No activity within 1800 seconds; please log in again

1800 seconds is such a long time, right?

  1. It’s 30 minutes.
  2. It’s 0.5 hours.
  3. It’s 0.0208333333 days.
  4. It’s also 5.70397764 × 10-5 years.

And it’s not long enough for me. phpMyAdmin logs you out after 1800 seconds, obviously for security reasons. That’s fine if there are other people about, if I was in an office with people coming and going, but I work from home. All I see for most of the day is my family, the radio, my messy desk, computers, and the view out the window. Time to figure out how to make that 1800 second limit a little longer or remove it altogether.

After a little digging, I discovered that extending the time limit to a day is actually quite easy. Open your phpMyAdmin’s config.inc.php and search for or add the following line:

$cfg['LoginCookieValidity'] = 86400;

Refresh your logged out phpMyAdmin and presuming you haven’t left it idle for 24 hours, you’ll be logged in again!

If the time limit really bugs you, you need http authentication. Look for the “auth_type” line in the config.inc.php and change that to “http”. phpMyAdmin won’t log you out as long as your browser is open. Perfect!

If you’re concerned about sending your MySQL username and password in the clear each time you make a request to phpMyAdmin you can either use SSL or try the “config” auth_type. Make sure you fill in the username and password fields in the config file, and secure the phpMyAdmin directory with a htpasswd file.


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Donncha

Donncha Ó Caoimh is a software developer at Automattic and WordPress plugin developer. He posts photos at In Photos and can also be found on Google+ and Twitter.

23 thoughts on “No activity within 1800 seconds; please log in again”


  1. I changed the config.inc.php file as laid out above, but it still logs me out when I least expect it. The only difference it made was that it no longer gives the reason as being that I was inactive for 1800 seconds. It gives no reason at all. There must be some other setting somewhere that also sets a time limit.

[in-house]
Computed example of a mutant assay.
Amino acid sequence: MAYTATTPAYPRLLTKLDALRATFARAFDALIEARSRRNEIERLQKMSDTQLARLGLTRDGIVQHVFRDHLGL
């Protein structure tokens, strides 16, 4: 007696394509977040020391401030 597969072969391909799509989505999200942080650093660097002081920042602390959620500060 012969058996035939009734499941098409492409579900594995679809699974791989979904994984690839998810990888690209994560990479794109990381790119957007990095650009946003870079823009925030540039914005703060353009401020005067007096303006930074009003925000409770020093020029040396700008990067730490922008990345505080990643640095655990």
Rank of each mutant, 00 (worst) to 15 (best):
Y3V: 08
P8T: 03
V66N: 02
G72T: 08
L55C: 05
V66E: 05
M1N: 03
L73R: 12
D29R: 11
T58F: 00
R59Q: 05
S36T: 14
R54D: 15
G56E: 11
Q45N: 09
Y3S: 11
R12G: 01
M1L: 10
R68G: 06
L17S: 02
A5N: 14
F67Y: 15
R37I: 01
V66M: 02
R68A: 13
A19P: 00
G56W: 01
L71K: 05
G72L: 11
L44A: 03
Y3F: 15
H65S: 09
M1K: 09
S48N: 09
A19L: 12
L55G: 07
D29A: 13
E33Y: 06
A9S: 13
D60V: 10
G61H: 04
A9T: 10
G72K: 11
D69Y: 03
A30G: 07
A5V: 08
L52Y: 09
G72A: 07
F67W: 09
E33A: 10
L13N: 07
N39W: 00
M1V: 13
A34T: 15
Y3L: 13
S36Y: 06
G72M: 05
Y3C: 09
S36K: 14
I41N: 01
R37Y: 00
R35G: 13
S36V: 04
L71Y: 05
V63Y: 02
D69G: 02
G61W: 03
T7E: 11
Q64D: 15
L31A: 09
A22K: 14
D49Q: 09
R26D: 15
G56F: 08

2. Great tip, but it seems to be working only on some systems. On my Linux machine it seems to be working, but on my Windows Server 2003 it is not working.


  3. Sorry, it is working anyway also on Windows Server 2003, I had been adjusting the time settings to 1 year ahead because I was testing some other script. Of course, phpMyAdmin throws me off.
    Stooopid me!! Thanks for the tip once again!


  4. I found you need to clear the relevant cookies too, and make sure you go to the site fresh (without any ?token=B6D5BC… junk on the end)


  5. Thanks so much, I swear it feels like I have logged in over a hundred times today, nothing more annoying than practicing your password typing skills every 30 minutes to reference table structures.


  6. clear your browser cache including cookies and you will find that you are not hampered with this problem and don’t have to make modifications to your config file


  7. hello Jake. I also use XAMPP, so to change this you must do it in two places:

    \phpmyadmin\libraries\config.default.php

    change LoginCookieValidity from 1440 to …let say … 86400

    and do the same at

    php\php.ini

    with session.gc_maxlifetime variable … as Dallas said


  8. Found this error while browsing databases on GoDaddy. I had not been inactive for more than a few seconds. It may be a generic ‘catch all’ / “we’d rather not tell you what the problem is” error message. Be aware that management are always keen to subvert error messages such that their organization doesn’t look so bad when they occur, at the absolute pain of the end user who gets bogus diagnostics instead of anything remotely useful.

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